To be honest, I know way more than I want to about OverDrive. As the point of contact for both patron and staff training on the e-books and audiobook download service, it’s my business to know how it works inside and out.
Thanks to the recent redesign of OverDrive’s website and checkout procedure, I just redid our websites help pages and all of the library’s brochures on the subject. BrochureS, you may ask? Yes. Six of them (PDF):
- Mobile Devices (including Kindle Fire and Nook Color)
- Non-Fire Kindles
- Black and White Nooks and Non-Kindle E-Readers
- Sony Reader Wi-Fi
- OverDrive READ
Why? Because the process of setting up the software and getting an item to your device varies widely depending on which device you are using. Oh, and now you can read e-books in a browser, too – but only about 60% of the available titles. If you want to use Internet Explorer to view them, you’ll need to install a plug-in. And if you want to download to a black and white Kindle, you can use wi-fi. Unless the title was published by Penguin, then you need to transfer it via USB. Yes, and that audiobook you want will only work if you are using a PC to transfer to WMA compatible device and SURPRISE!! your phone can do almost anything but read a WMA file. And yes, that mp3 will work on your iPod, but you need to change your iTunes settings first. The exceptions to the rules are maddening!! It makes it seem as if there are no rules and all of this is some cruel tech joke we’re playing to test the limits of our patrons’ patience. If I’m this frustrated, I can’t imagine how non-techies must feel. Actually, I can. Because some have yelled at me as if it was my fault the process was this complicated.
Thanks for letting me get that off my chest. I don’t blame OverDrive, necessarily. It has to be hard to make a product compatible with every device there is. Haggling with the publishers can’t be easy, either. I could blame the publishers for not making their audiobooks available in mp3 format or imposing restrictions on Amazon users, but the rational side of me knows they are running scared that e-publishing will be the downfall of the their industry. We saw what happened with the music industry, right? Change is scary all around.
As a techie, you may assume I am a consumer of e-books, but I’m not. Perhaps if I traveled more I would take advantage of an e-reader to lighten my packing load. Or, if my car had an aux jack I might download audiobooks to my phone and plug in. I have tried reading e-books on my phone, and I just don’t find it convenient. It’s not the font size, because that can be changed. Perhaps it is the time it takes to load each page. Or maybe that’s just one trick too many for this old dog. I’m not certain. What I do know is given a choice, I would always choose the physical book. One advantage of library e-books – no mysterious smears on the pages (is that a booger?!?) or funky smells emanating from the books.
Even though I am not an e-book consumer, I definitely have opinions about the different e-readers. Among the black-and-white e-readers, the Sony Reader Wi-Fi is my favorite. It is very intuitive, combining the ease of using an OverDrive app with the features of an e-ink reader (lower energy usage, readable in the sun, etc.). It has a browser, but not one I’d want to use extensively. Among color units/tablets, I am partial to Android devices. iOS (iPhone/iPad) is a close second, but only because of the higher price point and the fact that I am more familiar with Android from my experience with my phone. These are powerful tablets with apps that are designed to be intuitive. While I like the Kindle Fire, the issue that takes it out of the running for me is the fact that you can download the app and use that to download ePub format to read withing the app or you can use the website and download Kindle format. And if you download the Kindle format from within the app, you can’t read it in the app. Patrons find this confusing, and I think that learning this process is already confusing enough! That said, it looks like this is here to stay, unless publishers can successfully freeze libraries out of the market (like I’m sure they have wanted to do ever since the creation of the First Sale Doctrine).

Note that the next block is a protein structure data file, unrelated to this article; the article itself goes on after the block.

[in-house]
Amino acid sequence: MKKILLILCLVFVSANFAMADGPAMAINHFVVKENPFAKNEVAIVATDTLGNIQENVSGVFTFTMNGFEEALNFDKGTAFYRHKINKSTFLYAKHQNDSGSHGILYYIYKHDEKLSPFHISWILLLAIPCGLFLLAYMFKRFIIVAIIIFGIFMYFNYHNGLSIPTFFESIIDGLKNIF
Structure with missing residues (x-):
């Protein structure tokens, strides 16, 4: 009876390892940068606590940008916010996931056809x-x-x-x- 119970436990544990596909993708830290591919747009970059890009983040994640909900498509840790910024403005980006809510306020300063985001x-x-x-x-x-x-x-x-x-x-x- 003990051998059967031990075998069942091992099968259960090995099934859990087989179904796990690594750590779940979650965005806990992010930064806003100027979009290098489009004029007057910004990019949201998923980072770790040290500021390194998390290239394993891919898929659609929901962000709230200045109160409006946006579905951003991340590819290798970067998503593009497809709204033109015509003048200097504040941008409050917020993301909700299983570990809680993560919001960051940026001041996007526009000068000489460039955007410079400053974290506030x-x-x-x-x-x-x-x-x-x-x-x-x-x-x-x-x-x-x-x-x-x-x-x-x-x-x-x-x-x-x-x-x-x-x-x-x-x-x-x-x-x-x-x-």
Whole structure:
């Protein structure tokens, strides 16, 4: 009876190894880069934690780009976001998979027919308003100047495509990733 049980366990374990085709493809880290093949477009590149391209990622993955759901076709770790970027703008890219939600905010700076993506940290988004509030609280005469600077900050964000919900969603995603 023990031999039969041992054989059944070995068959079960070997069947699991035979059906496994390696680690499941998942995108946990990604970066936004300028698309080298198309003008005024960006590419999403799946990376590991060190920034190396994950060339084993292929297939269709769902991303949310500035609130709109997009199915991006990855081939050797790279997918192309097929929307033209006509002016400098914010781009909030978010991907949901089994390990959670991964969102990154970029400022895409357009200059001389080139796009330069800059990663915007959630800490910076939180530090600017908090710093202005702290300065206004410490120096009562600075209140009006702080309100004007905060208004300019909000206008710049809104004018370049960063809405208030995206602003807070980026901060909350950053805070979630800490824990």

I just want to take a moment and thank everyone who has helped make Connect 2 U a success. A big thank you goes out to Michael Stephens for offering our library the opportunity to participate in this program. His team of students from San Jose State University has done a fantastic job of creating modules and responding to participants! Thanks also go to Evelyn, our fearless leader, for supporting the program and providing incentives to make it that much more rewarding to participate. I am also proud of the staff at the East Greenbush Community Library for sticking with the program week after week, despite increasing demands on their time in the library. It is my sincere hope that everyone walked away from this experience with something valuable, whether it was a tool or skill that will help library staff in their jobs or insight into how to train a group of people at varying levels of technological comfort. This has been a wonderful experience – thank you!